The judge in the Georgia-based Ahmaud Arbery murder trial denied a motion on Monday to remove the Rev. Jesse Jackson from the gallery while the case against the three white defendants was being heard, the Washinton Examiner reports.
Attorney Kevin Gough reportedly asked Judge Timothy Walmsley to put Jackson in the overflow room out of sight of the jury, but he refused to do so.
“We don’t want any more Black pastors coming in here or other Jesse Jackson, whoever was in here earlier this week, sitting with the victim’s family trying to influence a jury in the case.”
Gough also objected to Rev. Al Sharpton’s presence during the case, then later apologized for comments about Sharpton being there.
“Assinine and ridiculous”
Another lawyer on the case, Jason Sheffield, called the request and remarks “assinine and ridiculous.”
Gough is the lawyer for William “Roddie” Bryan, one of the three men charged with nine different offenses each, including malice murder, felony murder, and aggravated assault. Bryan and the other two defendants Travis McMichael, and his father, Greg McMichael, are accused of cornering Arbery as he was jogging and shooting him because of the color of his skin.
The men argued that Arbery was seen on security camera footage stealing items from a construction site, but investigators did not find the argument compelling.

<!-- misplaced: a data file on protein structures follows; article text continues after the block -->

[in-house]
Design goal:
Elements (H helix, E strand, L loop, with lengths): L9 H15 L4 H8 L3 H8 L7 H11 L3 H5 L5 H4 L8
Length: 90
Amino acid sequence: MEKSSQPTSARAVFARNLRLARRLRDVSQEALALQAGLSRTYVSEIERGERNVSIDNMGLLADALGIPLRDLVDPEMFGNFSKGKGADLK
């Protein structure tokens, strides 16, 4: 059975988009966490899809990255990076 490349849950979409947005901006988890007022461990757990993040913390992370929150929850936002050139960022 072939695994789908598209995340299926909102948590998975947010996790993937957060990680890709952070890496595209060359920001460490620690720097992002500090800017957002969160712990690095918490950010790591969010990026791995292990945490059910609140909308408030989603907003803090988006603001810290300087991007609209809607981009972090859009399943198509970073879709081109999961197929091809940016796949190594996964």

Jackson walked into the courthouse hand in hand with Arbery’s father, Marcus Arbery Sr., and Barbara Arnwine of the Transformative Justice Coalition.
His presence will no doubt be disruptive and have an influence on the jury, which is almost all white, in the opinions of many.
Men claim self-defense
The case came to light because of footage Bryan took of the incident, which was leaked online, and then investigated by the FBI.
The men claim that Arbery’s shooting was in self-defense after they cornered him to make a citizen’s arrest, and he decided to fight back.
However, the comments Greg McMichael provided to the police contradict statements he made in court. Arbery “was trapped like a rat, I think he was wanting to flee and he realized something, that he was not going to get away,” McMichael said to police the day after the shooting.